The primary issue upon tracklaying and ultimately the mix was making these unusual objects really sound like moments of a tennis match. We knew that there would be a little compromise in authenticity when using such unusual items and creative works do (and in my opinion should) receive embellishment and enhancement. Nonetheless, we realised that these recordings of ours needed complimentary treatment by layering up library tennis balls hits, some stadium crowd and the occasional gunshot. We had to come back to the recording process one more time to add some carpet footsteps (tennis players’ feet sound quite scuffy) and, in terms of the ball hitting the net, we recorded a few snaps and shakes of a leather satchel bag strap.

With our soundscape in good shape, we submitted to Ben and quaffed ale in the springtime sunshine (wearing jumpers because this is England). Listen to it here and see a selection of the props being recorded in the movie…

Then we remembered that the days with the young people was filmed. Once edited, Grapefruit Films send over two videos for Rick and I to mix. In fairness much of the mixing process involved me watching him do various things to the production sound and me eating biscuits. We agreed to split up and leave him to mix the videos whilst I complemented the picture with effects from the soundscape where necessary. These videos are great because I get a wonderful opportunity to look back and wonder why on earth I make such ridiculous facial expressions when talking to people. Please help me.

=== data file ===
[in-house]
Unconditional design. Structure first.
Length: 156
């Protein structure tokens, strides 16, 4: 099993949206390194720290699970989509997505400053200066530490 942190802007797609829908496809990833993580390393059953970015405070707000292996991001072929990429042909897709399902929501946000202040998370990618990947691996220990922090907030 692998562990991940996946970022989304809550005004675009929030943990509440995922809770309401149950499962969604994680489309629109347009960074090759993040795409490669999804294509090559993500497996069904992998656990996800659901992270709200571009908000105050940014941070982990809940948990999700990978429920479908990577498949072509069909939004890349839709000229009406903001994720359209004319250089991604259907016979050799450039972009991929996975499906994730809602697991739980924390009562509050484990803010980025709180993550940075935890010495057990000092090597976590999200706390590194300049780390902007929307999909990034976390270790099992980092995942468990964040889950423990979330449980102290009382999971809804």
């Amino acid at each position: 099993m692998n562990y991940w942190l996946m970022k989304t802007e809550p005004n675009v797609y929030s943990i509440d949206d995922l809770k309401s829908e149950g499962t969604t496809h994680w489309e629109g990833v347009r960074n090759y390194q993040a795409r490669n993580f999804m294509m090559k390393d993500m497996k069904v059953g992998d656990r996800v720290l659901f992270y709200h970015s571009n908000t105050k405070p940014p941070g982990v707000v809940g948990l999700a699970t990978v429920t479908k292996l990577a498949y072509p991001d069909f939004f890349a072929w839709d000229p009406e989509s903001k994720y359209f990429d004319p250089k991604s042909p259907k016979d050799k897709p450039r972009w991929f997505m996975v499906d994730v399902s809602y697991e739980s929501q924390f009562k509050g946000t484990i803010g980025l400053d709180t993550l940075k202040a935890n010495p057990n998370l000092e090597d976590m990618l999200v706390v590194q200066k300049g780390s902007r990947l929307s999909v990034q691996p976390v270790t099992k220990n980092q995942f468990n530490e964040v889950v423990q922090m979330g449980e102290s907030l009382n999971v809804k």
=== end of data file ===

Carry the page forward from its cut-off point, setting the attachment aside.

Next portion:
So despite the challenges that came with the brief, we managed to create the soundscape, one-shots and videos without too many headaches. As is always the case, a project with an enthusiastic and creatively minded client makes the challenges seem minimal when compared to the triumphs. We were given feedback from the Club that the young people enjoyed their day with us and found the hidden art of effects recording to be interesting. It was definitely the most creatively challenging project I’ve worked on: trying to come up with items for the tennis ball hits was difficult. Here’s a list of them for your intrigue: